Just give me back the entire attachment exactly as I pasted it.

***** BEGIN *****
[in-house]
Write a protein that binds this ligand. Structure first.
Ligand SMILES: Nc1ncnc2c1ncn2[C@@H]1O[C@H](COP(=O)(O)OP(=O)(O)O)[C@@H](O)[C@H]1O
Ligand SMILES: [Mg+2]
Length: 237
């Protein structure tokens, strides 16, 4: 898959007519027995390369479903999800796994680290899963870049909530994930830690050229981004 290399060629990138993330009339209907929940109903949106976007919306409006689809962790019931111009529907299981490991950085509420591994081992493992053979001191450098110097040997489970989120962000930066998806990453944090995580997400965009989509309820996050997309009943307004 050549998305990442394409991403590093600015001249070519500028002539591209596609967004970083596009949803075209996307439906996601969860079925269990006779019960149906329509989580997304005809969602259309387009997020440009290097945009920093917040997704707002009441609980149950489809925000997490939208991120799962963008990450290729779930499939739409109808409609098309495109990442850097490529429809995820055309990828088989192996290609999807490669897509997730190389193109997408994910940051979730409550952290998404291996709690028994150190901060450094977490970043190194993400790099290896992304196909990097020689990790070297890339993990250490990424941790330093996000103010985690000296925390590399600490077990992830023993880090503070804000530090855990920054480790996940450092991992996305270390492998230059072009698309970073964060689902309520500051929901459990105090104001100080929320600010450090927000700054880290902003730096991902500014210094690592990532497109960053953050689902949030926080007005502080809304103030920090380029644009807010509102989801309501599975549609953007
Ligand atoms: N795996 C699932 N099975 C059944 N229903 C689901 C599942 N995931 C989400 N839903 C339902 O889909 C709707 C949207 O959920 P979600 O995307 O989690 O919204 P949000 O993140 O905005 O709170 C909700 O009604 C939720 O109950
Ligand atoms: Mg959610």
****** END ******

[in-house]
Write a protein that binds this ligand. Structure first.
Ligand SMILES: Nc1ncnc2c1ncn2[C@@H]1O[C@H](COP(=O)(O)OP(=O)(O)O)[C@@H](O)[C@H]1O
Ligand SMILES: [Mg+2]
Length: 237
């Protein structure tokens, strides 16, 4: 898959007519027995390369479903999800796994680290899963870049909530994930830690050229981004 290399060629990138993330009339209907929940109903949106976007919306409006689809962790019931111009529907299981490991950085509420591994081992493992053979001191450098110097040997489970989120962000930066998806990453944090995580997400965009989509309820996050997309009943307004 050549998305990442394409991403590093600015001249070519500028002539591209596609967004970083596009949803075209996307439906996601969860079925269990006779019960149906329509989580997304005809969602259309387009997020440009290097945009920093917040997704707002009441609980149950489809925000997490939208991120799962963008990450290729779930499939739409109808409609098309495109990442850097490529429809995820055309990828088989192996290609999807490669897509997730190389193109997408994910940051979730409550952290998404291996709690028994150190901060450094977490970043190194993400790099290896992304196909990097020689990790070297890339993990250490990424941790330093996000103010985690000296925390590399600490077990992830023993880090503070804000530090855990920054480790996940450092991992996305270390492998230059072009698309970073964060689902309520500051929901459990105090104001100080929320600010450090927000700054880290902003730096991902500014210094690592990532497109960053953050689902949030926080007005502080809304103030920090380029644009807010509102989801309501599975549609953007
Ligand atoms: N795996 C699932 N099975 C059944 N229903 C689901 C599942 N995931 C989400 N839903 C339902 O889909 C709707 C949207 O959920 P979600 O995307 O989690 O919204 P949000 O993140 O905005 O709170 C909700 O009604 C939720 O109950
Ligand atoms: Mg959610």